What to Do When Dehydrated
Did you know dehydration can influence your mental functioning, your heart rate and your ability to regulate body temperature and blood pressure? If you lose even 1% of your body weight in water, your physical performance is affected and you feel tired. If you lose 2-4%, your mental functioning is affected. In cases where more than 10% is lost, a medical emergency can result and (if not reversed) can lead to death.
Infants, young children, people with certain chronic health problems and elderly adults are more susceptible to the effects of dehydration, which is why it’s important to practice safe measures to prevent dehydration in yourself and others.
So how much water do you need?
This depends on your age, percent of body fat, general health, diet, temperature of the air around you and your level of activity. You lose water through urine, sweat, feces and the air you exhale. The Institute of Medicine (IOM) suggests that the average healthy woman drink about 9 cups a day of liquids and the average man about 13 cups a day.
How does dehydration occur?
You can become dehydrated by not consuming enough fluid from foods and beverages. Other conditions that also can make dehydration more likely include:
- Sweating during exercise that is not compensated by drinking extra fluids; exercise even in cold weather can cause sweating
- Hot, humid weather
- High altitude, which causes rapid breathing and increased urine output
- Illnesses such as poorly controlled diabetes, and illnesses that cause vomiting, diarrhea or fever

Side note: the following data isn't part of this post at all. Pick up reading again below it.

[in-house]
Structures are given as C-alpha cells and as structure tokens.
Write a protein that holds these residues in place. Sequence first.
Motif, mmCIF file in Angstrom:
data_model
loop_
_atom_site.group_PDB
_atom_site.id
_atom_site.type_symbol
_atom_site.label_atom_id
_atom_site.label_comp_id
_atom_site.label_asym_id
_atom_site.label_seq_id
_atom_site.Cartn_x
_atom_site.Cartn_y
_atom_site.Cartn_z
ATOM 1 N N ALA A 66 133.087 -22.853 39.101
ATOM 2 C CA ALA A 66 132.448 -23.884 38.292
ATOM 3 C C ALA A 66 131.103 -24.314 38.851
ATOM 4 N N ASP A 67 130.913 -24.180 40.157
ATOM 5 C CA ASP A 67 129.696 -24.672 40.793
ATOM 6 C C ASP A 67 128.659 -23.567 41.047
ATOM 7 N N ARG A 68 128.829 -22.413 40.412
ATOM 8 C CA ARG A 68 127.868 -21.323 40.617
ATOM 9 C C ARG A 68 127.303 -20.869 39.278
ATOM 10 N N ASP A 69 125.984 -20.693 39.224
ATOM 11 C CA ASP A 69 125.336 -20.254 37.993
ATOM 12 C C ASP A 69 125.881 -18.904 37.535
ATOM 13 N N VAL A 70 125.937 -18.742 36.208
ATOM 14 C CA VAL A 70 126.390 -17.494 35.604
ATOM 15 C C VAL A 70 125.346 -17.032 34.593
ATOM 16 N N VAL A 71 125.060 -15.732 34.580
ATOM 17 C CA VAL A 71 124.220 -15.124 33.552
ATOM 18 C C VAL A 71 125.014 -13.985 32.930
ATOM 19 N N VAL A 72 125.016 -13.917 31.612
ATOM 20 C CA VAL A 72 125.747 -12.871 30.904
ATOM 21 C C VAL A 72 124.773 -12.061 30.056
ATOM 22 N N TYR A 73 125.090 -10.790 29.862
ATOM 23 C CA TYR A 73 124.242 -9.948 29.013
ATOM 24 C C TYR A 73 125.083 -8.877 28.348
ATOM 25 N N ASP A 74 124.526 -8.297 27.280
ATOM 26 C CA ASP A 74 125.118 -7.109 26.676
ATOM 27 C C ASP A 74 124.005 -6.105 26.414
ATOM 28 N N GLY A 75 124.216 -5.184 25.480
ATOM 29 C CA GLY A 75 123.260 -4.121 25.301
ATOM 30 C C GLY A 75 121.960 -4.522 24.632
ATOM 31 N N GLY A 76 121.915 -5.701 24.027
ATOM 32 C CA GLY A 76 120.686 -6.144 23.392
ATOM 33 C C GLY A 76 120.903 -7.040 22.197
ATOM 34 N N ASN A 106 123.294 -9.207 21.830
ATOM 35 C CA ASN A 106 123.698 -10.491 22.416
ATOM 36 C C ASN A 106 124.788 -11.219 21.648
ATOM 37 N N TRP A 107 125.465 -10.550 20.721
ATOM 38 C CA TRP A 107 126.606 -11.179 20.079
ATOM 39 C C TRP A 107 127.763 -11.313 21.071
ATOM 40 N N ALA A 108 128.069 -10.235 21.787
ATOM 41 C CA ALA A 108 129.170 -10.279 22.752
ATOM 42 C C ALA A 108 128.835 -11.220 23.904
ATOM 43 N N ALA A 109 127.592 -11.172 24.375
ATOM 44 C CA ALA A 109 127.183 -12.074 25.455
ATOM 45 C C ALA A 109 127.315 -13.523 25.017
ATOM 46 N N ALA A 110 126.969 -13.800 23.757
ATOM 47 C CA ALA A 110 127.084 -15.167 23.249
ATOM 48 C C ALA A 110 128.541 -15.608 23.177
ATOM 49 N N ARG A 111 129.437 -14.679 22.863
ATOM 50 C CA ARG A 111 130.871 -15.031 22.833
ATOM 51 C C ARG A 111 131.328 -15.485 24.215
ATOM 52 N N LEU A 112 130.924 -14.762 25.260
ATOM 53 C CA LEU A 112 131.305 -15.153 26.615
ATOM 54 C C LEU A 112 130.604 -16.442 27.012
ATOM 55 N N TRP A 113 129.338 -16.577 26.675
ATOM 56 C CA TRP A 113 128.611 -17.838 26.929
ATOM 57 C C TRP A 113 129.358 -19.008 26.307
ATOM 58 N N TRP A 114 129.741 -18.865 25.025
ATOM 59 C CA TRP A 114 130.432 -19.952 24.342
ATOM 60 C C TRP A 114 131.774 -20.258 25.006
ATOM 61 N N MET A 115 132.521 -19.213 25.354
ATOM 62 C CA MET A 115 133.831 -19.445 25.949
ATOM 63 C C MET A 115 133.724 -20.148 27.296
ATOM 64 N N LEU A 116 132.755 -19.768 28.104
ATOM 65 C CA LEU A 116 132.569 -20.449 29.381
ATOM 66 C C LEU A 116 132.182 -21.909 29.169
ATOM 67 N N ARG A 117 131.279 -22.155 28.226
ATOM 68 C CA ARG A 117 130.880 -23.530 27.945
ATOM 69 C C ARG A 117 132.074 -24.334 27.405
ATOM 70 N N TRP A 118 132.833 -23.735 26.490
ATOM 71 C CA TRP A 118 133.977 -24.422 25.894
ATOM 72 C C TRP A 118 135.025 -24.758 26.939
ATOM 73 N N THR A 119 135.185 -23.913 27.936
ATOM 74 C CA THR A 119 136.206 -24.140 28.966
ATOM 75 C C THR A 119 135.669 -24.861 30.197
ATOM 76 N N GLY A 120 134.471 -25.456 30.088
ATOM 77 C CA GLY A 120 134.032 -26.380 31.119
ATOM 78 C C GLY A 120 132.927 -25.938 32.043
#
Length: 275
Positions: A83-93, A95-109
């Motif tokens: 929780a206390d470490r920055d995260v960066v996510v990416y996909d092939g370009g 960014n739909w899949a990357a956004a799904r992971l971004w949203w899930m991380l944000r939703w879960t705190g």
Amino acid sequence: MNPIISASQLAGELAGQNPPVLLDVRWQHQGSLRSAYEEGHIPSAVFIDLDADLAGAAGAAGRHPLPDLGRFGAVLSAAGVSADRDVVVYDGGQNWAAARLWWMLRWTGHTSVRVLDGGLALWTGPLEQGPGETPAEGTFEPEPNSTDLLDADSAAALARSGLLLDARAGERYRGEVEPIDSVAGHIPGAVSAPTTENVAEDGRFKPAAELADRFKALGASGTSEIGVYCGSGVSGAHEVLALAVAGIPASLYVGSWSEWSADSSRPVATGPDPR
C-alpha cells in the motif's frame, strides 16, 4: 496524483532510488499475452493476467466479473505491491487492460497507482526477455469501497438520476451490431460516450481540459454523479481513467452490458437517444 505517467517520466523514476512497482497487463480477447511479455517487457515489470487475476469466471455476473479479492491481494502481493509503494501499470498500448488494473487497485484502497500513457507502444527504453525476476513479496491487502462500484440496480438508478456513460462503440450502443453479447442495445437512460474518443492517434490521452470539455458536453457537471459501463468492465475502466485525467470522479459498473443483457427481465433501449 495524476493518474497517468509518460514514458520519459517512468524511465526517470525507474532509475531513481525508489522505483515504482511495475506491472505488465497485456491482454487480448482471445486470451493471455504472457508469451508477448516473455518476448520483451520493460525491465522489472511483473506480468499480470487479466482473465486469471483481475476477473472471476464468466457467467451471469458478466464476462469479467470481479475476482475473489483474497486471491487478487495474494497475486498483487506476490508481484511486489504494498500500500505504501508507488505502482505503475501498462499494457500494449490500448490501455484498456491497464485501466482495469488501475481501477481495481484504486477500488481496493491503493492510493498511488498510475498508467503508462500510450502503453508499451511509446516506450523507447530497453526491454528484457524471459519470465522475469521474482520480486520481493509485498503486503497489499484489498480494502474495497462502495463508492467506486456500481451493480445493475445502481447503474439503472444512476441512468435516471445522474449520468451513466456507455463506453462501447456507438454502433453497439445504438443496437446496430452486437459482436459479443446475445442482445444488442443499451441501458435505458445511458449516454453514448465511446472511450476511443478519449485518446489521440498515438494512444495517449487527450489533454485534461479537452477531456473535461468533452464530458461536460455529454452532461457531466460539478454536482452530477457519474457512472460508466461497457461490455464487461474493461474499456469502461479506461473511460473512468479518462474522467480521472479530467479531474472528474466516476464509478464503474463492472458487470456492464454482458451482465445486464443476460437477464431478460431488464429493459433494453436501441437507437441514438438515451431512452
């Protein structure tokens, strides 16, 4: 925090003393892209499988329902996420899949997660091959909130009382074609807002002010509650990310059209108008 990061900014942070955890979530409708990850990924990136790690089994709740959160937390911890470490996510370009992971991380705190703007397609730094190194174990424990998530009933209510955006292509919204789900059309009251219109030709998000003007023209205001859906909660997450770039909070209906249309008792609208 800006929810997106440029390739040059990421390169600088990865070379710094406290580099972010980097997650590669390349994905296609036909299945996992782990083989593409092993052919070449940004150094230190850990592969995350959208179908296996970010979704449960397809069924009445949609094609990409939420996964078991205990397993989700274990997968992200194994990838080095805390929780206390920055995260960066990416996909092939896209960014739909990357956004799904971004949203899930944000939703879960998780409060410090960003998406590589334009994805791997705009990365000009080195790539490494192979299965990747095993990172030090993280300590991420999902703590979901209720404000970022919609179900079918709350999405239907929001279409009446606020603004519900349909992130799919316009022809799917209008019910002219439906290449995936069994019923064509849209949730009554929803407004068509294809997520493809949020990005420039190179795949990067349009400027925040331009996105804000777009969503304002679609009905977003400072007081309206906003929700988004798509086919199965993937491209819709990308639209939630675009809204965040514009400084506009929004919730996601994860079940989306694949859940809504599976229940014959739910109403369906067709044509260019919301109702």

- Certain medications
Each of these conditions alone can contribute to dehydration and a combination of them can cause it to arise more quickly.
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Can Other Types of Drinks Make You Dehydrated?
Although caffeine does cause you to urinate more frequently, the effect is short-term and does not typically cause dehydration. Both caffeinated and non-caffeinated beverages can be used as sources of water.
Alcoholic drinks also can make you urinate more frequently, but, like caffeine, this increase is short-term and usually does not cause dehydration if you drink in moderation.
8 Symptoms of Dehydration
- A dry or sticky mouth, caused by too little saliva
- Less urine than normal, or no urine for eight hours. Urine that is darker than usual may indicate dehydration; diet, medications, and vitamin supplements can also affect urine color.
- Few or no tears
- Sunken eyes
- Dry, cool skin
- Fast heart rate
- Lethargy, irritability or fatigue
- Listlessness or coma – this is a sign of severe dehydration
How to Recover from Dehydration
Drink at least 12 8-ounce glasses of fluid every day to overcome dehydration. Fluid may include water; orange juice; lemonade; apple, grape, and cranberry juice; clear fruit drinks; electrolyte replacement and sports drinks; and teas and coffee without caffeine. Be sure to follow up with your health care provider if you don't get better within 24 to 48 hours.
Remember – warning signs you should seek medical attention include very dark urine, little urine output and/or dizziness, weakness, confusion and fainting.